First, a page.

Main menu

Pages

Research Shows Texas Abortion Ban Didn’t Stop People From Seeking Abortion Care | by heidi


 


It’s been more than six months since the Texas Heartbeat Act (SB 8), the most restrictive state-level abortion law in the United States, came into effect. New research shows that the law has only increased the burden on thousands of residents who’ve been forced to seek care elsewhere. 


The Texas law bans abortions once a heartbeat can be detected, which is can be early as five to six weeks into a pregnancy and before many people realize that they’re pregnant. It also enables people to sue abortion providers or or anyone else who helps someone attain an in-state abortion after this stage. 

The law remains in effect despite a number of legal challenges, and two new studies highlight that abortion restrictions do not work to reduce the need for abortion care—they simply force people to travel further and spend more money do so.



“SB 8 has not reduced the need for abortion care in Texas,” said Kari White, PhD, MPH, an associate professor at the University of Texas at Austin‘s School of Social Work and lead researcher on a new study highlighting the number of Texans who traveled out of state to access abortion care following the implementation of the law. “Rather, it has greatly reduced in-state access and forced thousands of Texans to seek care out of state or search for alternative means to end their pregnancies.”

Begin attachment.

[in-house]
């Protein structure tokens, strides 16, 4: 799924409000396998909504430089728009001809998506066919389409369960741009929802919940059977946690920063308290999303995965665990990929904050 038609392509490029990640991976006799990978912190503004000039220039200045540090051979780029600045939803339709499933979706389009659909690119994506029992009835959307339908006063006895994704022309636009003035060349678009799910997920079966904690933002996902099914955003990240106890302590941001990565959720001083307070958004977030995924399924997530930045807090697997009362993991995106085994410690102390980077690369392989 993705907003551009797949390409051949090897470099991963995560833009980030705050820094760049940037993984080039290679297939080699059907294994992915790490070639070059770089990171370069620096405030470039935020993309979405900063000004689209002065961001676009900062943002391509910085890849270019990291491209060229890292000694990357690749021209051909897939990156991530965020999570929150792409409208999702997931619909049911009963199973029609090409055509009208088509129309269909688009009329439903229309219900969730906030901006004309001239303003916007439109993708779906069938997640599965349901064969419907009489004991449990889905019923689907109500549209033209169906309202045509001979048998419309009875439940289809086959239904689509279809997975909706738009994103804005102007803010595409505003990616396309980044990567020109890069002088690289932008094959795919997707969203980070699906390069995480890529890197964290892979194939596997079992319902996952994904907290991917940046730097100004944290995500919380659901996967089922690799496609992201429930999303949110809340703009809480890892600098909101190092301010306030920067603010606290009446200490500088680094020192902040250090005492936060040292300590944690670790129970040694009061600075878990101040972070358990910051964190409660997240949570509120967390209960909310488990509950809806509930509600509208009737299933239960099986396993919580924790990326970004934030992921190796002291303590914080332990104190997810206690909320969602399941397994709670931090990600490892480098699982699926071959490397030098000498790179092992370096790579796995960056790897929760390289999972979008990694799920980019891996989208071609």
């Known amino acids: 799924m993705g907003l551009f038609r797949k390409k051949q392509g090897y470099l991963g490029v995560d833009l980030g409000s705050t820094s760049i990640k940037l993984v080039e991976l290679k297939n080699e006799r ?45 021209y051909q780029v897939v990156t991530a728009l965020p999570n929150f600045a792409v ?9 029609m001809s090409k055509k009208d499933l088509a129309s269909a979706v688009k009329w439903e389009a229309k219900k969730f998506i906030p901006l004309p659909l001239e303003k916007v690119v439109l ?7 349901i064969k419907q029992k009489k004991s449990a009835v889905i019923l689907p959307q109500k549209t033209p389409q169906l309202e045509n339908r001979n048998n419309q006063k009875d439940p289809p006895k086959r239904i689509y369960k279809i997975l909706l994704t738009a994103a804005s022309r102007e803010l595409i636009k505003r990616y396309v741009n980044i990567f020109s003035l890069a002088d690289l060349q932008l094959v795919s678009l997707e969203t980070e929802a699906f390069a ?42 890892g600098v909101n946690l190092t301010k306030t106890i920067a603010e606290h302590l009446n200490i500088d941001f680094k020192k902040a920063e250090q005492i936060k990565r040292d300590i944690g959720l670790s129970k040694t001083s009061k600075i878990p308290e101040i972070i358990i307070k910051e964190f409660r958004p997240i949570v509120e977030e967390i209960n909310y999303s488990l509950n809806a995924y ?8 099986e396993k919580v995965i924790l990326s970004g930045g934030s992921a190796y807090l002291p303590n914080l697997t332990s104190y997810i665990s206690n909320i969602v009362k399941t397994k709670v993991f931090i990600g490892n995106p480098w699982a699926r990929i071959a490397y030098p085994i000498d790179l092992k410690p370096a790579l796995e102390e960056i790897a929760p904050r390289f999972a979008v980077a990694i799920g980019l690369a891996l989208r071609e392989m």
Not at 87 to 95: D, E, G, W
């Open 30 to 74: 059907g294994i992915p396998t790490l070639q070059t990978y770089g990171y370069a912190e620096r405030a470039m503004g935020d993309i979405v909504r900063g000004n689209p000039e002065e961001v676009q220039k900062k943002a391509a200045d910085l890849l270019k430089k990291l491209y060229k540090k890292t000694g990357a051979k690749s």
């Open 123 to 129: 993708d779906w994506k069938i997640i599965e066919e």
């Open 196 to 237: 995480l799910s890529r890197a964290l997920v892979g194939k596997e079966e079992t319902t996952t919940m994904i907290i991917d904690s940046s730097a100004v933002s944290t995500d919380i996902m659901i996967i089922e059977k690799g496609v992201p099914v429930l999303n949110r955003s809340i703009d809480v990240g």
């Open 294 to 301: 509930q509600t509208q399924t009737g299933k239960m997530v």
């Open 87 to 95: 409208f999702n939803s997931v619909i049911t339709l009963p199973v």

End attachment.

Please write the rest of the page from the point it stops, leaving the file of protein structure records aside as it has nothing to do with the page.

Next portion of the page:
This OB-GYN Is Using TikTok to Educate People on Abortion Resources

An Ever-Present Need

Between September and December 2021, an average of 1,391 Texans per month obtained abortions at facilities in Arkansas, Colorado, Kansas, Louisiana, Mississippi, New Mexico, and Oklahoma, according to the study.



The real number is likely higher since researchers did not obtain data from 10 out of 44 facilities in these states, and the study did not include Texans who have traveled to other U.S. states for care. 

During the same period in 2019, just 514 Texans left the state for an abortion, the study indicated. Since the implementation of SB 8, the monthly average of Texans traveling out-of-state is nearly equal to the total number of Texans who traveled out-of-state each year between 2017 and 2019.


“The number of Texans traveling out-of-state for abortion care since September 2021 far surpasses what we have seen when other state abortion restrictions have gone into effect,” White said.


This study included interviews and personal stories from Texans who’ve been impacted by the law. Many of them have had to drive upward of 10 hours just to receive care. And, as the study stated, “out-of-state travel … has meant foregoing the emotional, logistical—and even medical—support that could be found closer to home.”


While many Texans have traveled to neighboring states to receive abortions, a second study, published in JAMA Network Open, highlights the increased number of people who’ve ordered abortion pills in the mail since the law came into effect.1

 WHO Guidelines Encourage Telehealth Abortion Care